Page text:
Read the labels. If you can’t pronounce or don’t recognise an ingredient on the label neither can your body and it’s going to have a hard time getting rid of it after it’s eaten. Any other refined sugars, sweets/crips, fizzy drinks should be cut out and meat and dairy should be limited. I know this may seem difficult at first but these products are taxing for our bodies to break down.They again slow digestion and suck our energy.¬†Almond milk is the best dairy alternative and actually contains more calcium than cow’s milk. Store bought versions can often contain a lot of extra sugars and very little almond so make sure to read the label first. I like the Rude Health Almond Milk but ideally, making your own is best. Check out my Almond Milk recipe to discover how.


No matter what you love to eat there are always alternative healthier ways to make these foods every bit, if not more delicious Рyou just need to learn how.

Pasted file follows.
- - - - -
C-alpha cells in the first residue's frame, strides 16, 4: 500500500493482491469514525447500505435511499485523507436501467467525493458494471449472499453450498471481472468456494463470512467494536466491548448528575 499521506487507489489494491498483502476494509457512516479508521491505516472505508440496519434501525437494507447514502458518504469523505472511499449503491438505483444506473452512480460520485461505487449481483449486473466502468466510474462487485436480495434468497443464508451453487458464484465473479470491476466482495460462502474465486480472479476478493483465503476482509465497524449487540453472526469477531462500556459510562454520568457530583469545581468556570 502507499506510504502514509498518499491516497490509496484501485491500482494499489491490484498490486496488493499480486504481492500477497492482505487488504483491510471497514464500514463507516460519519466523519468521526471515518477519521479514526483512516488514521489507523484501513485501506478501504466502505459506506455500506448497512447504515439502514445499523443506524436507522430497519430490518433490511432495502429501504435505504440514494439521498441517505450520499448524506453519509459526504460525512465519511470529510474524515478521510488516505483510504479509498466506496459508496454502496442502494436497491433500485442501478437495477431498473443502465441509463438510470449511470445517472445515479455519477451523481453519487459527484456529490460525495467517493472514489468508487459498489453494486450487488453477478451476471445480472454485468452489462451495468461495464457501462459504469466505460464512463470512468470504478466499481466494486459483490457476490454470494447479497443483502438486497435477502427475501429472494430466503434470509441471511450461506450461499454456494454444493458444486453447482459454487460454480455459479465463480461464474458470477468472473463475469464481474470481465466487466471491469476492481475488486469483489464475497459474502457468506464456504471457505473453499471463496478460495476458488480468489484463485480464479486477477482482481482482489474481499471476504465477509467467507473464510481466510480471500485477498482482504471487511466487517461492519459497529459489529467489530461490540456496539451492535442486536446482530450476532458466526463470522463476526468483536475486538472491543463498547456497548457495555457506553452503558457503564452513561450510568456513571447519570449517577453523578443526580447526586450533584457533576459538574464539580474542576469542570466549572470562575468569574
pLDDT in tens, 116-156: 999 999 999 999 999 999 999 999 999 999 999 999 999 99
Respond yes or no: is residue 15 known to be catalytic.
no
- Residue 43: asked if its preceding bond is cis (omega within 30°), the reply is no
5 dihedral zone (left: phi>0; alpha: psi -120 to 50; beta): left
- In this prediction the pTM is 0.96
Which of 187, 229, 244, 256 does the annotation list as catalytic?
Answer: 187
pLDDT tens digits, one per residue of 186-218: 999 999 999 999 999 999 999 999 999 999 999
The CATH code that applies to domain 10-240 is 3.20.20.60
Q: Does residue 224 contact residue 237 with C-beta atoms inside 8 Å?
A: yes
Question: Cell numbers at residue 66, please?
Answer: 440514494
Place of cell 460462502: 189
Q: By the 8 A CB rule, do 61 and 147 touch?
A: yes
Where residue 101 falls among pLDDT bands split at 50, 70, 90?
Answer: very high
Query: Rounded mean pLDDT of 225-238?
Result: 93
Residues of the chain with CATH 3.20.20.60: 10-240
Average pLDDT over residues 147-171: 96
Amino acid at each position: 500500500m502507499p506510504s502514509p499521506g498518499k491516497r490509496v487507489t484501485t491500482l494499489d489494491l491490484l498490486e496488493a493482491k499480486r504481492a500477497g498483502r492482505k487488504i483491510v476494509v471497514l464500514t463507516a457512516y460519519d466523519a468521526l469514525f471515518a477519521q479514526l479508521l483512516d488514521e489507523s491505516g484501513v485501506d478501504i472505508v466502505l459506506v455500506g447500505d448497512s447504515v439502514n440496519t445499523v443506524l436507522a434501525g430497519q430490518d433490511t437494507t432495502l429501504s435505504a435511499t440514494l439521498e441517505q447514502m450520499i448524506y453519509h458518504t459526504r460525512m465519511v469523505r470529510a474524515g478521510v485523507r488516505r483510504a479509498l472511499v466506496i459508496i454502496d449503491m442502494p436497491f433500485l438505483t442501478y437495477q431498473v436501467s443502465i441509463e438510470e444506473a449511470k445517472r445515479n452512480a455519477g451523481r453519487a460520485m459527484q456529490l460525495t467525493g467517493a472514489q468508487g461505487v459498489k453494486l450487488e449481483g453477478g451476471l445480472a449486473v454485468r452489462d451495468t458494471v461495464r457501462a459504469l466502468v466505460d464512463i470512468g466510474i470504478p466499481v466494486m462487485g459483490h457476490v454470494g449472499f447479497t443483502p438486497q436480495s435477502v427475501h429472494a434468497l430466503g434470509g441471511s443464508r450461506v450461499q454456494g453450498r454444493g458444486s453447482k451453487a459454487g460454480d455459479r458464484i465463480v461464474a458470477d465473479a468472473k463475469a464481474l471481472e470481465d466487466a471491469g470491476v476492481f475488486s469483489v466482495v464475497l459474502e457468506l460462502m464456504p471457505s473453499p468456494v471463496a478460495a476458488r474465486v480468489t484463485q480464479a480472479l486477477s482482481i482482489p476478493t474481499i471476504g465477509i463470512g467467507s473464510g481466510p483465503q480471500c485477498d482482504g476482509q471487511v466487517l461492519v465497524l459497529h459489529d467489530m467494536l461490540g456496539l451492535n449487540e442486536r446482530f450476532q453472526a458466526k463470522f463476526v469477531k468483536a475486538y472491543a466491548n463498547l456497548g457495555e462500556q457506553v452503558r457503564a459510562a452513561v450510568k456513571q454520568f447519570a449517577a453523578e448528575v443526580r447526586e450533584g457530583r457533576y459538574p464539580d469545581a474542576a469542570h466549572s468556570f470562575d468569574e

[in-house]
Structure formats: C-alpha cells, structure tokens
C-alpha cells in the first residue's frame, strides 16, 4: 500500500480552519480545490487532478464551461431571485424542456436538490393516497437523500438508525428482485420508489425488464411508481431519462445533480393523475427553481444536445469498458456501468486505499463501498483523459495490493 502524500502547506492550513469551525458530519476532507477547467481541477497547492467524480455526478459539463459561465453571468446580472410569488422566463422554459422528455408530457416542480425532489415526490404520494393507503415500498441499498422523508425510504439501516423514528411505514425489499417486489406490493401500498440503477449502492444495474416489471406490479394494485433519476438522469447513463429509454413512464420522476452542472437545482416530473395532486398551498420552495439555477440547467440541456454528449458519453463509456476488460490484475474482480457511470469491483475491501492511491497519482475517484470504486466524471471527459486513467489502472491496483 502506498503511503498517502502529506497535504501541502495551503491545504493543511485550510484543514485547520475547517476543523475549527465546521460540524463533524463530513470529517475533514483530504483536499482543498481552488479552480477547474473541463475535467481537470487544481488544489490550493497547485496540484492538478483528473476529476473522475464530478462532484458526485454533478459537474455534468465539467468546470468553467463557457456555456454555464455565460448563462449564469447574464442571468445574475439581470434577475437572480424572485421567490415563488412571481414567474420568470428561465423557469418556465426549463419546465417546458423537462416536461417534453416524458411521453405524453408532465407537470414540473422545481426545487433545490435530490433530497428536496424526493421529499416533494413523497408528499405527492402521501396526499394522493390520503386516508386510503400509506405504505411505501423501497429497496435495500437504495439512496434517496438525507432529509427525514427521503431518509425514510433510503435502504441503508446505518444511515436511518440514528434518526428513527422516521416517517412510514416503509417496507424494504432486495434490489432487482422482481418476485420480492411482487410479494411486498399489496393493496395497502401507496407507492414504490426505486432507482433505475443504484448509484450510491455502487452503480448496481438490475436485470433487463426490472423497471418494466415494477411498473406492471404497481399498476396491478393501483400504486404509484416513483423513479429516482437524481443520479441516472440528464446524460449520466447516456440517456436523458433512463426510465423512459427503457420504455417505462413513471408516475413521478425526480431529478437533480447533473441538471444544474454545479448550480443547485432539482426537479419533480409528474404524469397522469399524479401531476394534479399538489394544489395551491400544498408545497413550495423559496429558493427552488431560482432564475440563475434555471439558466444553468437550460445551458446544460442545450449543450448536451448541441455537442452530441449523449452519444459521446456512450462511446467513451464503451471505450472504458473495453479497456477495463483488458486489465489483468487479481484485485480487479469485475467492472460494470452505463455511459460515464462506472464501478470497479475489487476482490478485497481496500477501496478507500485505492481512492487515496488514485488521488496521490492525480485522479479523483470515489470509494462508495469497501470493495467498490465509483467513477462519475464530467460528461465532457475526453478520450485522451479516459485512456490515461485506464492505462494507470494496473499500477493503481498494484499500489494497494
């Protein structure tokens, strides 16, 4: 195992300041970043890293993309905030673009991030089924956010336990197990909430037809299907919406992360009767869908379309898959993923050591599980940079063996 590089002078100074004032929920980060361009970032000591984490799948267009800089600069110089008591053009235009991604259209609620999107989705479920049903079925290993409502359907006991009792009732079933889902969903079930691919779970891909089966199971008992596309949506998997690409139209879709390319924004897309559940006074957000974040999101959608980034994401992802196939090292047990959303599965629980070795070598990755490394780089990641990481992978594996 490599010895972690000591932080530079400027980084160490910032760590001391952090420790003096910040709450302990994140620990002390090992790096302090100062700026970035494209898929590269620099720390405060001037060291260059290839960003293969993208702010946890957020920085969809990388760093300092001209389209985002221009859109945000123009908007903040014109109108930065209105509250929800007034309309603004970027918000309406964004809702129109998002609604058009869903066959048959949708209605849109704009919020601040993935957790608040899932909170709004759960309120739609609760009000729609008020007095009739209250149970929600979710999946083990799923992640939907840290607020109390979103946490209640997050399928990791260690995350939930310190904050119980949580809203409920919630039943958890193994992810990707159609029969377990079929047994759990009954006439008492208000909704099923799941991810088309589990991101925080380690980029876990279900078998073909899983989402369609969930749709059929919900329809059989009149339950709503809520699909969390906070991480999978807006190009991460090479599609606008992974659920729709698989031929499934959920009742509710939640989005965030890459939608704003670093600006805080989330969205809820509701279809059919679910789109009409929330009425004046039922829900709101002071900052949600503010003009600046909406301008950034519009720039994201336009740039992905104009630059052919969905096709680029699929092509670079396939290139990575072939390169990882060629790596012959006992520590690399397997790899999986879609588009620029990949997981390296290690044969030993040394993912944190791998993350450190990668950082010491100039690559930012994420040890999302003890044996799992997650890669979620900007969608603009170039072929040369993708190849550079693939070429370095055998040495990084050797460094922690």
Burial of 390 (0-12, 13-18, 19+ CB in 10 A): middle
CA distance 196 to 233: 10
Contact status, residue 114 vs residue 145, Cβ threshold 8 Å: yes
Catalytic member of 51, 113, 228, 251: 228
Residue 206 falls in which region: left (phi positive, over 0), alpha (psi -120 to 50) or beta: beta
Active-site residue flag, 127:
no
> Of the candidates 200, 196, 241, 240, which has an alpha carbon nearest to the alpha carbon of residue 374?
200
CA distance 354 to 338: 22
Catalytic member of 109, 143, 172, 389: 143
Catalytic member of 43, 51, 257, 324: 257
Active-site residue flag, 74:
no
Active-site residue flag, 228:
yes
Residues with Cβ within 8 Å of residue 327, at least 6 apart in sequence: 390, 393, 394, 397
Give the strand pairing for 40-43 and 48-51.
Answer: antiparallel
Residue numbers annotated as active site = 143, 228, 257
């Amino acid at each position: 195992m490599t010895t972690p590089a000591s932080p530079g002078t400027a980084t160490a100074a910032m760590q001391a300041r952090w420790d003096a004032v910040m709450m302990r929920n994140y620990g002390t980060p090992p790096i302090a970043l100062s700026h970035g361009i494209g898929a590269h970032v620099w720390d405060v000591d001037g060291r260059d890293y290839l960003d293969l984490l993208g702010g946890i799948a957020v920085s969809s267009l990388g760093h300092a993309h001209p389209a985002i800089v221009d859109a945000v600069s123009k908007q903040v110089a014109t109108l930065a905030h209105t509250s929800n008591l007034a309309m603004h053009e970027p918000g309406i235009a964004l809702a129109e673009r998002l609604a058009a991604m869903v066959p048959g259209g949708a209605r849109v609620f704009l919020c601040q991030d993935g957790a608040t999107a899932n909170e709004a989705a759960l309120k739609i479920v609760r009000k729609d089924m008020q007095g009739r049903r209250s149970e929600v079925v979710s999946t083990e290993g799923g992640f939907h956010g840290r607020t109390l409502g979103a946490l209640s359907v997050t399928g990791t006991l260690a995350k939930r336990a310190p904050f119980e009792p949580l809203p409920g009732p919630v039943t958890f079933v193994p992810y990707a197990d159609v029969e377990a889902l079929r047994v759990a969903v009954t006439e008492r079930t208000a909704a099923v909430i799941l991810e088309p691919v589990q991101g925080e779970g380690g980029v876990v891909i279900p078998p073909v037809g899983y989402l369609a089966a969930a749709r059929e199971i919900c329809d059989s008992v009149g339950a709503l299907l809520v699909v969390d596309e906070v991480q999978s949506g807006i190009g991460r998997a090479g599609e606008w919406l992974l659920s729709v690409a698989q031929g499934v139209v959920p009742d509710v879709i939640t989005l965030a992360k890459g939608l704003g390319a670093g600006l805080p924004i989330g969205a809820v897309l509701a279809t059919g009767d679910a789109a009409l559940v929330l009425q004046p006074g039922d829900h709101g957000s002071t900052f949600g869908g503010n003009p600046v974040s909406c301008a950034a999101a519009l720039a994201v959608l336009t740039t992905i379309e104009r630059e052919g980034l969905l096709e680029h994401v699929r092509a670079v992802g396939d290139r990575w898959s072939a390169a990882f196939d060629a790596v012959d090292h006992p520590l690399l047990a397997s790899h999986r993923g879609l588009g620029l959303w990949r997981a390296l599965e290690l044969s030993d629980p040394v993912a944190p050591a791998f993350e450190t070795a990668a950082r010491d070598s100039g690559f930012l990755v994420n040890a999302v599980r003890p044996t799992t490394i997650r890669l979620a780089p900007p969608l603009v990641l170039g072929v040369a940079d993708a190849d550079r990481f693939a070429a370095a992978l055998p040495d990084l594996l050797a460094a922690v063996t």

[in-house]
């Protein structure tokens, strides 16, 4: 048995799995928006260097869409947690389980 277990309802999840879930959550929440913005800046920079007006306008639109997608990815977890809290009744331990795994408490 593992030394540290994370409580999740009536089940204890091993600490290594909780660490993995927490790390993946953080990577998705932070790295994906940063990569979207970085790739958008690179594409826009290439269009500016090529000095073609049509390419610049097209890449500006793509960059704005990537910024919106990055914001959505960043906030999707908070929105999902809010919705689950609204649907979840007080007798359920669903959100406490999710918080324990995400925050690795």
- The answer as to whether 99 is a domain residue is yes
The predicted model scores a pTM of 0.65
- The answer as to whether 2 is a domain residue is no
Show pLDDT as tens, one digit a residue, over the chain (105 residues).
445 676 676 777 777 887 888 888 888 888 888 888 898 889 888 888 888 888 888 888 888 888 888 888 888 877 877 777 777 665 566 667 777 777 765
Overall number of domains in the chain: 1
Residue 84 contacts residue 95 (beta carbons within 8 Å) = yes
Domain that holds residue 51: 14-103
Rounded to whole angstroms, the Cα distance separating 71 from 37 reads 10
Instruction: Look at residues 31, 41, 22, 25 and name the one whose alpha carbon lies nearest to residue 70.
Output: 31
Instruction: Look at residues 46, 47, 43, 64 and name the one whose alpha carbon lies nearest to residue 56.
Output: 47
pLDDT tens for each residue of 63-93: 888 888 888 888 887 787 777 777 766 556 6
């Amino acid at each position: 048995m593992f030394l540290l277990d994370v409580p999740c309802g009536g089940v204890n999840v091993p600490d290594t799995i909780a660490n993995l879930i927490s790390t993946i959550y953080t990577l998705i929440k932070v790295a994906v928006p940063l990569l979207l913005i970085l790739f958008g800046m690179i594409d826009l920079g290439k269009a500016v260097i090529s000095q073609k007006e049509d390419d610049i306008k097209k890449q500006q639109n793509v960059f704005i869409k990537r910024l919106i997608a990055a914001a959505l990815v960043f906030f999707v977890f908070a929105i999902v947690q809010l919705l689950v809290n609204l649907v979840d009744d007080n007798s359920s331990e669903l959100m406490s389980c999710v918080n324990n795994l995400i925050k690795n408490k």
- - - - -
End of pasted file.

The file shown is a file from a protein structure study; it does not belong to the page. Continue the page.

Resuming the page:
What to include? 


Whole foods! Fruit and veggies in every shape, colour and size. Whole grains such as quinoa, brown or wild rice; beans and legumes like chickpeas and lentils; potatoes – sweet and regular, nuts, seeds and dried fruits in moderation. Plus as many superfoods as possible. Top superfoods to include should be cacao, spirulina/chlorella, bee pollen, goji berries (known as the ‘longevity berry’ in Chinese medicine – *Tip* get this guy much cheaper in Asian markets rather than health food stores), maca, hemp, flax and chia seeds. All of which I will be regularly using in my recipes so you can understand their benefits and find out how to use them in really delicious ways!

 When Exercising..

Pre-exercise you should be eating low GI (glycemic index) food. These provide slow release energy and won’t spike your blood sugar levels. A great example is porridge before a morning workout.

Post-exercise:¬†Contrary to popular belief we don’t need massive¬†amounts of protein post-exercise. You need simple carbohydrates along with some protein. Approx 4 or 5 to 1 ratio. Foods should be high GI to replenish depleted glycogen stores – this is the name given to stored carbohydrates in our body that we take in from food and is readily available to use as fuel when needed. Good examples of high GI foods include bananas and brown rice.

Great Workout Snacks:

  • Rice/buckwheat cakes with mashed avocado, a squeeze of lemon and black pepper & boiled eggs (Pictured below is buckwheat cake with mashed avo, dried cranberries, za’atar and sprouts)


  • Hummus and veggies or My Wheat-Free Bread with hummus or mashed avocado (see avo with za’atar & beetroot hummus below)